Stephen J. Cannell is the author of eight novels about Los Angeles police detective Shane Scully, as well as half a dozen other crime novels. But you probably know him best as the creator of such TV series as The Rockford Files and The A-Team. Yes, this is the man who gave the world Mr. T.
As you can see, Cannell's forte is lightweight but entertaining adventure. His gift is for story, with a clear through-line from opening to close, and no troubling ambiguity of plot or character. Nor is there much memorable about his shows except what the actors have brought to them.
This also goes for his novels, if the current On the Grind is any example. In this book Scully goes undercover to purify an L.A. suburb run by crooked cops. They suspect him but let him in anyway, only to beat the snot out of him when they discover he's a rat.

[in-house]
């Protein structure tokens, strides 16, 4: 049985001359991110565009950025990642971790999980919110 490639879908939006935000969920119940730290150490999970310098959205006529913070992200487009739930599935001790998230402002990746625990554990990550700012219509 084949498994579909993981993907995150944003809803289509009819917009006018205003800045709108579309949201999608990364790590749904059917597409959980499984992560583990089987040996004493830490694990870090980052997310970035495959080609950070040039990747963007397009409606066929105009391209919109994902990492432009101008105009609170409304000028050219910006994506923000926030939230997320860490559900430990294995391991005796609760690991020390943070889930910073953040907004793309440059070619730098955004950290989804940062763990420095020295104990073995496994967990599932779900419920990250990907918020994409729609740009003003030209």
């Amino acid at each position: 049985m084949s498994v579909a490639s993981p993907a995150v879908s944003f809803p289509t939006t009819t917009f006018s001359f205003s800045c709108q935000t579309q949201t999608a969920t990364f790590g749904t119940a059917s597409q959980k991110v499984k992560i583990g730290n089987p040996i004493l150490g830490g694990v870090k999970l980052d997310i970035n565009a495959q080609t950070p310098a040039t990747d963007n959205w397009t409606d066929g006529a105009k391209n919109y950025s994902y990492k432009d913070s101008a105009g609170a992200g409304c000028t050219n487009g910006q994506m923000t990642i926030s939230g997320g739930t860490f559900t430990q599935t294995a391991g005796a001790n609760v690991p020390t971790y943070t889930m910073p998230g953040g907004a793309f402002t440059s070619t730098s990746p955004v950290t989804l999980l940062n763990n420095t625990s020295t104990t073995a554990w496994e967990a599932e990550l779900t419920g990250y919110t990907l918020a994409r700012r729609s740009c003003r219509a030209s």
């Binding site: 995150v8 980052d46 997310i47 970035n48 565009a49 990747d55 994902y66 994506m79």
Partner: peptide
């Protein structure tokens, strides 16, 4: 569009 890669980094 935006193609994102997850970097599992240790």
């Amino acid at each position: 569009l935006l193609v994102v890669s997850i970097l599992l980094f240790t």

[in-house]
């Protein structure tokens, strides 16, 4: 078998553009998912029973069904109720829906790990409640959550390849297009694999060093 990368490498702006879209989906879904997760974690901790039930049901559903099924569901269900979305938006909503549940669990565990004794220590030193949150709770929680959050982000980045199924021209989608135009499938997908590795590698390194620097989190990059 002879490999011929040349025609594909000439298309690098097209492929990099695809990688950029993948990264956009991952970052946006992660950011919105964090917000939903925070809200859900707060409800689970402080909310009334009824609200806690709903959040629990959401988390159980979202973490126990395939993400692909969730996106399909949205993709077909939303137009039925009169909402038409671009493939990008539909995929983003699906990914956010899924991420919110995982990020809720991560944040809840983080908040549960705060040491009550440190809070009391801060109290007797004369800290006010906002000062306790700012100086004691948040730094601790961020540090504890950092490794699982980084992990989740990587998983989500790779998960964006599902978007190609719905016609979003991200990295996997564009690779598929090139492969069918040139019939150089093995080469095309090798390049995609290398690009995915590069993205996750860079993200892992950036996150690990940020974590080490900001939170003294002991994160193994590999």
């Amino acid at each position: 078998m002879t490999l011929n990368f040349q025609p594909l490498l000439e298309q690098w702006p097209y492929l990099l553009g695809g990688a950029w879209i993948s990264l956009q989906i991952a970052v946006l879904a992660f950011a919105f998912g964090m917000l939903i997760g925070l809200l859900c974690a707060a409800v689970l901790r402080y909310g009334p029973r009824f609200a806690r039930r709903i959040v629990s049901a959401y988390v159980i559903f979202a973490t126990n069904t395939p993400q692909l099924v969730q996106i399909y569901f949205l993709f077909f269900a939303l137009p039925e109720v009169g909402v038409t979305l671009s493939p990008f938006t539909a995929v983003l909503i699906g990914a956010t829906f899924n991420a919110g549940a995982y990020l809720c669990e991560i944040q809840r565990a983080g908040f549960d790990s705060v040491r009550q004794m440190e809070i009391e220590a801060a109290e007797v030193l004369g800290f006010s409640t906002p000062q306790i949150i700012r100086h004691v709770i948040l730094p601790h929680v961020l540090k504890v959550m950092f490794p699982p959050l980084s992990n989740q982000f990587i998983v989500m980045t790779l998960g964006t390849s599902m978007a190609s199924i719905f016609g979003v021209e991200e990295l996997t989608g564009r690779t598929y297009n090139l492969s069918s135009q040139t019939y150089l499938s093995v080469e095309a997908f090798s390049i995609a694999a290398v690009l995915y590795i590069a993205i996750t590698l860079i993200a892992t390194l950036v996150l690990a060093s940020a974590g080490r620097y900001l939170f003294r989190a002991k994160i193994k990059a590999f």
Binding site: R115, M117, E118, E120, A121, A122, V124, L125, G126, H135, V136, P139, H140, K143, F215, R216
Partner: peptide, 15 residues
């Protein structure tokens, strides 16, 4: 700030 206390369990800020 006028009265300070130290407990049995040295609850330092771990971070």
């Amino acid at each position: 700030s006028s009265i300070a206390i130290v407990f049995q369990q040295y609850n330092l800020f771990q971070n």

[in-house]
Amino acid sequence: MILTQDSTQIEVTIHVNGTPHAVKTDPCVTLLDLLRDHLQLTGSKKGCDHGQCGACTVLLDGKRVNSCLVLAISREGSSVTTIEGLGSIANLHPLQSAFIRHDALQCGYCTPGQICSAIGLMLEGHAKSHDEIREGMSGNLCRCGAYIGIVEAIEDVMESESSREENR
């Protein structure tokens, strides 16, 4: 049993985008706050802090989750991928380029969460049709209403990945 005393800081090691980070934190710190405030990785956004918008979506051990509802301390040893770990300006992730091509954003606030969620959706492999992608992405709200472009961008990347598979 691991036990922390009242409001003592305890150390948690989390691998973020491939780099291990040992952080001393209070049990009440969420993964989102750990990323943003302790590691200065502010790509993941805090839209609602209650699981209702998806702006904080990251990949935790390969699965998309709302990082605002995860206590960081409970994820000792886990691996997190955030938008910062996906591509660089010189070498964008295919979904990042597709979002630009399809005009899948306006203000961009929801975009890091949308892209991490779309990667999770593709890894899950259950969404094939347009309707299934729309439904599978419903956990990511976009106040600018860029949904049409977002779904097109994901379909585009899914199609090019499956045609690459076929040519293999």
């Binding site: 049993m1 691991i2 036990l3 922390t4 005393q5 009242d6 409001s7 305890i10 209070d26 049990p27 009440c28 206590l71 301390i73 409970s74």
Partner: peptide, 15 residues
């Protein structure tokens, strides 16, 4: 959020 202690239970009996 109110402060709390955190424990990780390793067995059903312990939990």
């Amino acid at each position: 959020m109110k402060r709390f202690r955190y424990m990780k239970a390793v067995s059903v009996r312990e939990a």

That doesn't stop Scully from mounting up (yes, literally), concussion be damned, and riding to victory, and back to the arms of his beautiful wife (who just happens to be chief of detectives).
In all this Scully betrays nobility but no particular intelligence, leaving one to assume that he was chosen for this perilous assignment because — well, because he's the star of the series. For the same reason, one knows that he will prevail. Besides, he has to live to write this first-person narrative, doesn't he?
Grind has none of the bitter wit or irony that we expect from the masters of hard-boiled crime fiction, whether old (Chandler, Spillane) or new, such as Cannell's fellow Angeleno Michael Connelly, whose blurb on the new book is charmingly vague: ". . . never lets you up for air. Read it!''
I'm okay with that. But Grind will occupy no more than a couple of hours of your time. The question is, do you want to spend $25.95 for so brief a pleasure?
David L. Beck is a writer and editor in St. Petersburg.